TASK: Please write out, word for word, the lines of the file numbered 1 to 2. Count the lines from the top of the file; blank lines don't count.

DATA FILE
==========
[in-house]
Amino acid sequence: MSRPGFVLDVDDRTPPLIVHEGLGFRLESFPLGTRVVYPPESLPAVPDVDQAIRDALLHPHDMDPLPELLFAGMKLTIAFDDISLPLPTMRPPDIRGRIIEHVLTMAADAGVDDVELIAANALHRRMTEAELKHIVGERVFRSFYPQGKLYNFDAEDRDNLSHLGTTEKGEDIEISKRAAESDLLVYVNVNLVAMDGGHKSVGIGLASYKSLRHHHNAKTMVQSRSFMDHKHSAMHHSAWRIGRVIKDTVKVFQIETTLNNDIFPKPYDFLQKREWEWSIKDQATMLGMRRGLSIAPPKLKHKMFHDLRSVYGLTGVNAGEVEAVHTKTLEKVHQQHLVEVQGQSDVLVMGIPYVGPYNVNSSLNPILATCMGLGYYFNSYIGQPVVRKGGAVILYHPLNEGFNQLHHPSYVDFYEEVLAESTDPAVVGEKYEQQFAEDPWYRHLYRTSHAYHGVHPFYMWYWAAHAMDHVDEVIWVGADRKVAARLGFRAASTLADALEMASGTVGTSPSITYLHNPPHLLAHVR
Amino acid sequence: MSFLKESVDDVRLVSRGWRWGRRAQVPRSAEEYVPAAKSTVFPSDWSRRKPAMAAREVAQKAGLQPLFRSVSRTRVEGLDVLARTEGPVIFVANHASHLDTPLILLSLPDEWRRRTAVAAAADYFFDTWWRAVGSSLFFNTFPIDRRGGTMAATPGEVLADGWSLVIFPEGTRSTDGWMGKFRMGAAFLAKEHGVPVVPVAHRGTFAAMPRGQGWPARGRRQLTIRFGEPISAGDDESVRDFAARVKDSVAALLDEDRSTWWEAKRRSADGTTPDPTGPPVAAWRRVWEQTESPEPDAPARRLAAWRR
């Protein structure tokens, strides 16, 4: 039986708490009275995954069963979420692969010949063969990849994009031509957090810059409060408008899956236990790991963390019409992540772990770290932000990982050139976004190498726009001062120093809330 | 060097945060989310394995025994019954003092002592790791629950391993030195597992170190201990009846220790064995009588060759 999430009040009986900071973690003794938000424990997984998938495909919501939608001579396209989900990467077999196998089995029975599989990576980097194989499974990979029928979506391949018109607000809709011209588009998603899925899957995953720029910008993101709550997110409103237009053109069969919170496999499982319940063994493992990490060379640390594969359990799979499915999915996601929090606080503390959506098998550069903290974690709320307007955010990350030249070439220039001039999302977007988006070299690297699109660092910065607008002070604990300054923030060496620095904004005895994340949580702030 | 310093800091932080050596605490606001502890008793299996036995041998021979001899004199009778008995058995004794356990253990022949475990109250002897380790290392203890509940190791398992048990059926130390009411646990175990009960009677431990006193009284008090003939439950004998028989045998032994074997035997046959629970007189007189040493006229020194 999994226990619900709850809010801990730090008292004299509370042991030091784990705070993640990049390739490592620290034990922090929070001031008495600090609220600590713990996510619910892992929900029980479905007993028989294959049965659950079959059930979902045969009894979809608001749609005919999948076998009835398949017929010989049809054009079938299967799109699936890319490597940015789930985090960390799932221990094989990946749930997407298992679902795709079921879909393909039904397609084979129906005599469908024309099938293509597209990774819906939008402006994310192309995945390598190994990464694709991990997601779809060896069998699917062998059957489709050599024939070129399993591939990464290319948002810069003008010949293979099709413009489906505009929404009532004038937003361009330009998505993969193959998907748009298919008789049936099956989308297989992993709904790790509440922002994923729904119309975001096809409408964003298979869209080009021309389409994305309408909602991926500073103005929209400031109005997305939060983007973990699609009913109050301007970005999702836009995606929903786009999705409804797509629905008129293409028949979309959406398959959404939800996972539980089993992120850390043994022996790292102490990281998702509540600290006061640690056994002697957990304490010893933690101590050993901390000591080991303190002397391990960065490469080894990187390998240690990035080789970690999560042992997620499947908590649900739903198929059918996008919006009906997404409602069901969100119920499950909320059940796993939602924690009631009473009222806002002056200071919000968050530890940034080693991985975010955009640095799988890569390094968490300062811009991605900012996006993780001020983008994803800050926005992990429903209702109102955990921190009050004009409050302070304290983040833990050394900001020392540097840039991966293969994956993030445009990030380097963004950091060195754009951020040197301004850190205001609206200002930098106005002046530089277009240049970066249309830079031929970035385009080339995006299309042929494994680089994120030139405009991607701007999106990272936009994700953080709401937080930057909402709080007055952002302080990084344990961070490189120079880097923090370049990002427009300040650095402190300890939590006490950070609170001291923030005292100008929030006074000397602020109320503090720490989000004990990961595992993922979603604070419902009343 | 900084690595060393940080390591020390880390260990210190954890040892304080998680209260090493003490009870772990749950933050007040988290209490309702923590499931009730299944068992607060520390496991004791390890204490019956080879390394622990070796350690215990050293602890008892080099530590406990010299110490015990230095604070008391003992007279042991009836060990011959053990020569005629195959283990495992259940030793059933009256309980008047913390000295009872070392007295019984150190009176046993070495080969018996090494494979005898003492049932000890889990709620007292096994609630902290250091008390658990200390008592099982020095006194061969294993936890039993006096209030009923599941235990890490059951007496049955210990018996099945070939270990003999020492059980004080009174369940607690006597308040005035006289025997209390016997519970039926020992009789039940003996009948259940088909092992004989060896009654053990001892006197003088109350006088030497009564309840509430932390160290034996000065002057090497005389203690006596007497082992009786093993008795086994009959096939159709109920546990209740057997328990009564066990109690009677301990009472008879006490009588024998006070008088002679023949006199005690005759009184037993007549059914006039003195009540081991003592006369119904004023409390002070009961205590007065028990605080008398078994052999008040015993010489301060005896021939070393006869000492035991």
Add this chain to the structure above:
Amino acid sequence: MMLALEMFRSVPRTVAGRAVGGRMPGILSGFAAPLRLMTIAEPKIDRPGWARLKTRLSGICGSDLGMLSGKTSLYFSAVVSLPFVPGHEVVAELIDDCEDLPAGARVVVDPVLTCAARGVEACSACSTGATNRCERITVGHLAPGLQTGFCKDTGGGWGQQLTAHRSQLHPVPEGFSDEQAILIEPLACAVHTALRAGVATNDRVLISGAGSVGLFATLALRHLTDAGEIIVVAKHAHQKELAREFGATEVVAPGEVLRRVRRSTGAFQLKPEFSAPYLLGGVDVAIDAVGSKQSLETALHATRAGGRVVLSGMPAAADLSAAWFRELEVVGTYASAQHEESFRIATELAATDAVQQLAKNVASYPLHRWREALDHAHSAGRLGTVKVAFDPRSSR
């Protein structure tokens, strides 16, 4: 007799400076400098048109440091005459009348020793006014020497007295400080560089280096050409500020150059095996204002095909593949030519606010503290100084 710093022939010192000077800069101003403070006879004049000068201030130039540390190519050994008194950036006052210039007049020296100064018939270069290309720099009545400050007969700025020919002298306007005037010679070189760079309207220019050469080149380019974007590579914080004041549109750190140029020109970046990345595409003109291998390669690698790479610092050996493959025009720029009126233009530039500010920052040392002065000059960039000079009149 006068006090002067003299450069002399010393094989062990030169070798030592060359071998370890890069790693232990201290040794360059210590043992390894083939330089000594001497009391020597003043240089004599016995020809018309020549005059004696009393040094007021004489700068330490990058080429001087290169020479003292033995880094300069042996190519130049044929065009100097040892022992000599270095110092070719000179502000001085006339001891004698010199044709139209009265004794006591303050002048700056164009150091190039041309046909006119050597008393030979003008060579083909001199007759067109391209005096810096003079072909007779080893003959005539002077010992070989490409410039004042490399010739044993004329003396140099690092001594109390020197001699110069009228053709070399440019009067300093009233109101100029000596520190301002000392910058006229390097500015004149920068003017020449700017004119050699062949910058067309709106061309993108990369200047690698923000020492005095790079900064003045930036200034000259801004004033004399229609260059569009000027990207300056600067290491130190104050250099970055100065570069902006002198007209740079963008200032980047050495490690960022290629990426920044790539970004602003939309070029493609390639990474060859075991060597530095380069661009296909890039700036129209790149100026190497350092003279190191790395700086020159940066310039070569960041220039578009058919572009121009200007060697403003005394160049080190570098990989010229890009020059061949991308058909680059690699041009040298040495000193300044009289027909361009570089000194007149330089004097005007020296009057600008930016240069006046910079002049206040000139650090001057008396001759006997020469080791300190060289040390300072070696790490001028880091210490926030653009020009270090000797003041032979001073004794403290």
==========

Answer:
[in-house]
Amino acid sequence: MSRPGFVLDVDDRTPPLIVHEGLGFRLESFPLGTRVVYPPESLPAVPDVDQAIRDALLHPHDMDPLPELLFAGMKLTIAFDDISLPLPTMRPPDIRGRIIEHVLTMAADAGVDDVELIAANALHRRMTEAELKHIVGERVFRSFYPQGKLYNFDAEDRDNLSHLGTTEKGEDIEISKRAAESDLLVYVNVNLVAMDGGHKSVGIGLASYKSLRHHHNAKTMVQSRSFMDHKHSAMHHSAWRIGRVIKDTVKVFQIETTLNNDIFPKPYDFLQKREWEWSIKDQATMLGMRRGLSIAPPKLKHKMFHDLRSVYGLTGVNAGEVEAVHTKTLEKVHQQHLVEVQGQSDVLVMGIPYVGPYNVNSSLNPILATCMGLGYYFNSYIGQPVVRKGGAVILYHPLNEGFNQLHHPSYVDFYEEVLAESTDPAVVGEKYEQQFAEDPWYRHLYRTSHAYHGVHPFYMWYWAAHAMDHVDEVIWVGADRKVAARLGFRAASTLADALEMASGTVGTSPSITYLHNPPHLLAHVR